'What you leave behind is not what is engraved in stone monuments, but what is woven into the lives of others'. Pericles (495 - 429 b.c.)
big jay mcneely
b. Big Jay McNeely (a.k.a. Cecil James McNeely), 29th April 1927, Los Angeles, California, U.S.A.
d. 16th September 2018, Los Angeles, California, U.S.A.
The rhythm and blues saxophonist, Big Jay McNeely, has died. Big Jay was 91.
Big Jay passed away from cancer.
Born Cecil James McNeely, his first recordings (with Johnny Otis), were held at a Barrelhouse Club near Cecil’s home.
He was later signed by Ralph Bass, the A&R man for Savoy Records.
Ralph’s senior, Herman Lubinsky, gave him the name Big Jay McNeely. His real name sounded to mundane, according to Herman.
Big Jay’s first hit was ‘The Deacon's Hop’ in 1949.
During the Fifties and Sixties, Big Jay recorded for several imprints, including Exclusive, Aladdin, Imperial, Federal, Vee-Jay, and Swingin’.
In 1959 he released ‘There Is Something on Your Mind’, with Little Sonny Warner on vocals.
In 1971, Big Jay left the music industry and became a postman.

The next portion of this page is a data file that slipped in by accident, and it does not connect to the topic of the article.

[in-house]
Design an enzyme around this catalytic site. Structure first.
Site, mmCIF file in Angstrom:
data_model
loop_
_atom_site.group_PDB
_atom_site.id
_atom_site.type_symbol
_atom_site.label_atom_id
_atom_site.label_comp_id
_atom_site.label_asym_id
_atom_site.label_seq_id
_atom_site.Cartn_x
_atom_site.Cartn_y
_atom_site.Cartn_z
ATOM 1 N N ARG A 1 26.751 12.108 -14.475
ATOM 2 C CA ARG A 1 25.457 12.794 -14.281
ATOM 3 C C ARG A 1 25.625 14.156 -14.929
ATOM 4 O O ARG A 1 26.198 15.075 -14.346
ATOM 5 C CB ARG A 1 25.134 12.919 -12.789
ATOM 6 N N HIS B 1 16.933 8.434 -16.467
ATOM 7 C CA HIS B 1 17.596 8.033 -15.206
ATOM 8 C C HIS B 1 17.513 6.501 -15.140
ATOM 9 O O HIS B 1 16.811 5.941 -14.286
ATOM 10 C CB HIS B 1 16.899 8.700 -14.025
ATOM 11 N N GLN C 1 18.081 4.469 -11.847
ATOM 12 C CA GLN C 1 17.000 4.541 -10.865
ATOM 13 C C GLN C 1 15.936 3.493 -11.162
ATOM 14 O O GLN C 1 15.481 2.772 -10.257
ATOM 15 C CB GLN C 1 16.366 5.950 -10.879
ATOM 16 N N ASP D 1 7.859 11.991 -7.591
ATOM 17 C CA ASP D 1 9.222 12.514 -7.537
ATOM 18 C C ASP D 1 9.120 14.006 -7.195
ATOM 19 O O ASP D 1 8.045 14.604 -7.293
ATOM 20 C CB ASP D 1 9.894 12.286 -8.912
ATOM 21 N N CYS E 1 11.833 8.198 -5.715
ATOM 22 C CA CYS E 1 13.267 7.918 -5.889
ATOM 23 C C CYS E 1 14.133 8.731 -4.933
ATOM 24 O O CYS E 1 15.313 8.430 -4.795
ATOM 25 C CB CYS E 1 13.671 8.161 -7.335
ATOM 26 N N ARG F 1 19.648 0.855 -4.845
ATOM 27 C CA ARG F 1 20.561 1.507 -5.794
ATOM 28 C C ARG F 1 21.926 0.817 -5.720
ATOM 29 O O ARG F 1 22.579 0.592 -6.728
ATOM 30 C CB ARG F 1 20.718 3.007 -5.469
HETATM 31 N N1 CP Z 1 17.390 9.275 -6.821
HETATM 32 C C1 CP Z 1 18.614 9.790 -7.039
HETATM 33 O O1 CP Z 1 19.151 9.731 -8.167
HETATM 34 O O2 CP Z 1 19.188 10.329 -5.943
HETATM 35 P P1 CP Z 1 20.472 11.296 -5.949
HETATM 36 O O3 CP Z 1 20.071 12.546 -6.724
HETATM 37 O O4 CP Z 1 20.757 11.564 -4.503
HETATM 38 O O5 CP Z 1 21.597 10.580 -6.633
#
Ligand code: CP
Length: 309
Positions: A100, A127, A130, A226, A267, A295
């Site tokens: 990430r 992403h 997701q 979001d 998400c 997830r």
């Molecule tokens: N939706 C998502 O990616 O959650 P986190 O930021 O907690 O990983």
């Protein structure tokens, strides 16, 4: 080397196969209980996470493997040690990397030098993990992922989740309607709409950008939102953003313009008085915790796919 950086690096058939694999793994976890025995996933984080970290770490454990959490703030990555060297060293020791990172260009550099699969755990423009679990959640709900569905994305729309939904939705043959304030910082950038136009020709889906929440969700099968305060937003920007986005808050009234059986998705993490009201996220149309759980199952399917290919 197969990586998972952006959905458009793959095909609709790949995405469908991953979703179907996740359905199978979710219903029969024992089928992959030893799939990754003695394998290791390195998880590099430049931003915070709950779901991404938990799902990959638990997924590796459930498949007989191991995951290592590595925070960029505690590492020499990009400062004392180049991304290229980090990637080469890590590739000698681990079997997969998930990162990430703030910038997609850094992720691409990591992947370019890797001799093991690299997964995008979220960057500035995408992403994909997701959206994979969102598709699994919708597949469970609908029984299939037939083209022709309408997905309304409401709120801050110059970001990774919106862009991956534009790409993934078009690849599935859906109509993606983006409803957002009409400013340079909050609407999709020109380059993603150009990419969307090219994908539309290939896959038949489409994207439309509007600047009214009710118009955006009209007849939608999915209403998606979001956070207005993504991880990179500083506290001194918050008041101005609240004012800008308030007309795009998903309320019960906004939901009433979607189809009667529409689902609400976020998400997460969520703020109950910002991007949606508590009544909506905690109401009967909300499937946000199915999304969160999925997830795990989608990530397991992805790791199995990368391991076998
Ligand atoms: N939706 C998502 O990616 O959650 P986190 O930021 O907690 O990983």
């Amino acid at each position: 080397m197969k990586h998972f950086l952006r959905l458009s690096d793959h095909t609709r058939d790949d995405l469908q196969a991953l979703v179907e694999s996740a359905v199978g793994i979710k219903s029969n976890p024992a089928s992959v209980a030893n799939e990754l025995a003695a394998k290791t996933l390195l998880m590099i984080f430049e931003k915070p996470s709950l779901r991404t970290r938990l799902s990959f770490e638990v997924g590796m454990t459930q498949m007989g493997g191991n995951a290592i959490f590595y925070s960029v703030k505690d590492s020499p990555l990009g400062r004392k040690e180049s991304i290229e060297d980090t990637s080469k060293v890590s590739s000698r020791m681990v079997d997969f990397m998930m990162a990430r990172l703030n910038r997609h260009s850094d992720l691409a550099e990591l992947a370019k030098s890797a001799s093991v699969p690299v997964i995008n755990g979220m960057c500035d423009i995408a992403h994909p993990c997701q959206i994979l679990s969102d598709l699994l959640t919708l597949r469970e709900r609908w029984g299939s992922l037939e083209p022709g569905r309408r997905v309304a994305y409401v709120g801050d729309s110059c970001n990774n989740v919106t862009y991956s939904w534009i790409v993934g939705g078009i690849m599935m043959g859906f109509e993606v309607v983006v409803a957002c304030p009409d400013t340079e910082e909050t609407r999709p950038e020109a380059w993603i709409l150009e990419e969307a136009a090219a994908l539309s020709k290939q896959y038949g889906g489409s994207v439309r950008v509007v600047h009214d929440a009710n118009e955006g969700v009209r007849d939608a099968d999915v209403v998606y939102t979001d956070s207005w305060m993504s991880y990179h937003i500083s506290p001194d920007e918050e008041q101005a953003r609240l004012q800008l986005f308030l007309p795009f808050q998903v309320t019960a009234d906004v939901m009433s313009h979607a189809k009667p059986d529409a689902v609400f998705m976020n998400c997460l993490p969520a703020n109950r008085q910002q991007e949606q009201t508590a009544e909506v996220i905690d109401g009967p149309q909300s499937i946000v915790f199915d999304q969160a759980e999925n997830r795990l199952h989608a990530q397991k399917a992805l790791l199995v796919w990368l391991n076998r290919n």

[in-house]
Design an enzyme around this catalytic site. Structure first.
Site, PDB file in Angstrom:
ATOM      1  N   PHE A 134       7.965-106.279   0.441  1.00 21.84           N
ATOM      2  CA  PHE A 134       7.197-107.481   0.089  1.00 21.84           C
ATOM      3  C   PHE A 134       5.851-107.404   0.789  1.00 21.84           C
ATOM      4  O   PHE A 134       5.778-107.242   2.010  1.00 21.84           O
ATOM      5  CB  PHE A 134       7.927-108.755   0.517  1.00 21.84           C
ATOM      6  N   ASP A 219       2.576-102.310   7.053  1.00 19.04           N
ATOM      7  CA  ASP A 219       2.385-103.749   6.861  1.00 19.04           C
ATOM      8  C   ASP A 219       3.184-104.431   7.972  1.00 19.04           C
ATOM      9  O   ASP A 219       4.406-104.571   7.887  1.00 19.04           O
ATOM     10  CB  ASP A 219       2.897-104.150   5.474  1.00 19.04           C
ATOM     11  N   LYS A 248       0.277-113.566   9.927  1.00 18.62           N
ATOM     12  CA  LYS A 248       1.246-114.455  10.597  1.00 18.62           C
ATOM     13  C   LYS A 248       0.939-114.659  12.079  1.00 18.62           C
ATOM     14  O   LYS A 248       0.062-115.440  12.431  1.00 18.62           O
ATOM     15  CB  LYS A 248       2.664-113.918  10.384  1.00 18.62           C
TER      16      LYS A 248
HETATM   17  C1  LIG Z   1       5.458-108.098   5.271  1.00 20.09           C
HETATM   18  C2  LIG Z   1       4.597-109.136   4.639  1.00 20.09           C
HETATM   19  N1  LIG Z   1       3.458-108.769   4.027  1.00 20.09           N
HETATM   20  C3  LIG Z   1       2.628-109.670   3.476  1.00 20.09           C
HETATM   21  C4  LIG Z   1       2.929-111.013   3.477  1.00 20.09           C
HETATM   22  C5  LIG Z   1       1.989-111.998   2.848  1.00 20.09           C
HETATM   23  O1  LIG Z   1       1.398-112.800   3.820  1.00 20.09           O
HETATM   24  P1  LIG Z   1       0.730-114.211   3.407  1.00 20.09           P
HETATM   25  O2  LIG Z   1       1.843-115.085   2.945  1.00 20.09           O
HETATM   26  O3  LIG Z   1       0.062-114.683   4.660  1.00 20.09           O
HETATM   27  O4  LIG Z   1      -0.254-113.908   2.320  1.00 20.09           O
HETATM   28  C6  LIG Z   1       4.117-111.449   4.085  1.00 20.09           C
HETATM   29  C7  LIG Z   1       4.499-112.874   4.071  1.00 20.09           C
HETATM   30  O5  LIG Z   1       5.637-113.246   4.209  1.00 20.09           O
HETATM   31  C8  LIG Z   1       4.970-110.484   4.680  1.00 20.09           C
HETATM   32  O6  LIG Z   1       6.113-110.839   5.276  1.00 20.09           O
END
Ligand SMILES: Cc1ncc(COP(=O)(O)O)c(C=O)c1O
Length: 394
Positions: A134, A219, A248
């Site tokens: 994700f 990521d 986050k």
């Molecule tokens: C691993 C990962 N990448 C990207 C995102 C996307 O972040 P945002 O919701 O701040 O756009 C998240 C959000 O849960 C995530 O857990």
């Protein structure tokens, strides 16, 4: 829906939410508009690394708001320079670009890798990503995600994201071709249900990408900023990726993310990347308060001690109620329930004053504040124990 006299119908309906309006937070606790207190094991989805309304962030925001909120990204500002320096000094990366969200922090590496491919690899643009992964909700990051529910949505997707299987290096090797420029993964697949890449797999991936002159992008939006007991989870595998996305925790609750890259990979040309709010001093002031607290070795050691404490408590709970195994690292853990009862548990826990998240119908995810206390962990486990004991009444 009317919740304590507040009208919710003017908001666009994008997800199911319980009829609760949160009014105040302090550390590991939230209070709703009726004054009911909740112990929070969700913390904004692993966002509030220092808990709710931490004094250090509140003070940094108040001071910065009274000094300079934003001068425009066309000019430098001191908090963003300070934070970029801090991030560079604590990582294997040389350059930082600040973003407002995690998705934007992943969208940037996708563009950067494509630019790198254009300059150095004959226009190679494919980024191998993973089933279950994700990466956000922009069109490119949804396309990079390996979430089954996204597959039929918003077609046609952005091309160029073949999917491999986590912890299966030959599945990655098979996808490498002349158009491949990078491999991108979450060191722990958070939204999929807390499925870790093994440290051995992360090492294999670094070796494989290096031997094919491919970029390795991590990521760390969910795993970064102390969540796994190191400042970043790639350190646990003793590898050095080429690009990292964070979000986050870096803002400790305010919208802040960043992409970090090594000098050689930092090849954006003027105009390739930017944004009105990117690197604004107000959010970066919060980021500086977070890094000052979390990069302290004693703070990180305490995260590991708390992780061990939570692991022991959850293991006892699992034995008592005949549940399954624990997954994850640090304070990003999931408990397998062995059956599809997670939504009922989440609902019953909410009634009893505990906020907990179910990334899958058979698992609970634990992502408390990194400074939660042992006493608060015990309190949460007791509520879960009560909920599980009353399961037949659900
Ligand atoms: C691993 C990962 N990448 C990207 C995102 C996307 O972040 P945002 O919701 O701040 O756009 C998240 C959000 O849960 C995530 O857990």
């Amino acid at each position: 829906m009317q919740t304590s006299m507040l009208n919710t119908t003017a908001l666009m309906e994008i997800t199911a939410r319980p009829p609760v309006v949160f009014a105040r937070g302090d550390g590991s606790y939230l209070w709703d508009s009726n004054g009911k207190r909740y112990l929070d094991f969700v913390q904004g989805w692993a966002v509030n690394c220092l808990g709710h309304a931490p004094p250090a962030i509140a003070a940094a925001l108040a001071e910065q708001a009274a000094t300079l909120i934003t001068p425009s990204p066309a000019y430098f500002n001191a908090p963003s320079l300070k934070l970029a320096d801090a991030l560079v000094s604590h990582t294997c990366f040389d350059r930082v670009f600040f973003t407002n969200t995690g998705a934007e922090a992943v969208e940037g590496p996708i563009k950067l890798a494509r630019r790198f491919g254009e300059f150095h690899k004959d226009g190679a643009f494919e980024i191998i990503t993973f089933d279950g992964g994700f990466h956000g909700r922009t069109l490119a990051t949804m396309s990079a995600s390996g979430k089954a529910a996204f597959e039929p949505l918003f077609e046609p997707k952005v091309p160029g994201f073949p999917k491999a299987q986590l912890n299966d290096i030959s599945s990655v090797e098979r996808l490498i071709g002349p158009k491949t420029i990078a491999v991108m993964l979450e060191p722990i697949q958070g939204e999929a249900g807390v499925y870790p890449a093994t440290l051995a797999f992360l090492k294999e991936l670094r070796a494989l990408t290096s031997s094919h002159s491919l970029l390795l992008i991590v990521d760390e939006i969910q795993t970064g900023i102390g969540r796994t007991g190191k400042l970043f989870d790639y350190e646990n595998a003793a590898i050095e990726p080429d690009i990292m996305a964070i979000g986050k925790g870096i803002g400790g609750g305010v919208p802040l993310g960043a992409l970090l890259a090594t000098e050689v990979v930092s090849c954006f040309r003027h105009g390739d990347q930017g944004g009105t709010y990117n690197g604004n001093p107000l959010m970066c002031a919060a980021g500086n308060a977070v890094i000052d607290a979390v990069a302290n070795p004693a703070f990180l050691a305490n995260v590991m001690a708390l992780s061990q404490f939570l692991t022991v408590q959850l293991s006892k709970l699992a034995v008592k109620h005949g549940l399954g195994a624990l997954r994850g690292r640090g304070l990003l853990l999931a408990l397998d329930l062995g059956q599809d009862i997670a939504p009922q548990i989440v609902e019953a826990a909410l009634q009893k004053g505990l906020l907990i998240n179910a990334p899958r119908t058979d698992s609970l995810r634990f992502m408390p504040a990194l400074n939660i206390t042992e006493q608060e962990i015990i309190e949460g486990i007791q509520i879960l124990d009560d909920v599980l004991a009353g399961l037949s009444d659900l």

However, during the Eighties, he returned to touring and recording.
Big Jay was then inducted into The Rhythm and Blues Music Hall of Fame.
In 1989, Big Jay McNeely performed with Detroit Gary Wiggins, and the two went on to tour in Germany and Italy.
In 2009, he performed at the International Boogie Woogie Festival in The Netherlands.
He later released the album ‘Party Time’.
b. Randolph Edward Weston, 6th April 1926, New York City, New York, U.S.A.
d. 1st September 2018, Brooklyn, New York City, New York, U.S.A.
The American Jazz pianist and composer, Randy Weston, has died. Randy was 92.
Randy recorded for several imprints, including Riverside, Antilles, Verve, and Motéma Records.
Born in 1926, Randy was raised in Brooklyn
He graduated from Boys High School in Bedford-Stuyvesant
Randy served in the U.S. Army during World War II.
In the Fifties, he worked with Kenny Dorham and Cecil Payne, before forming his own trio and quartet in 1954.
In the Sixties, his music featured African aspects, showcased with the albums ‘Uhuru Afrika’ (in 1960) and ‘Highlife’ (in 1963).
In 1967, he journeyed through Africa, setting up the African Rhythms Club in Tangier.
In 1972, he produced Blue Moses for CTI Records.
He went on to records for several smaller imprints.
In 1992, he released ‘The Spirits of Our Ancestors’, which featured input from the likes of Dizzy Gillespie and Pharoah Sanders.
In 2002, he performed for the inauguration of the Bibliotheca Alexandrina in Alexandria, Egypt.
In 2009, he participated in a memorial at the Jazz Gallery in New York for Ghanaian drummer Kofi Ghanaba.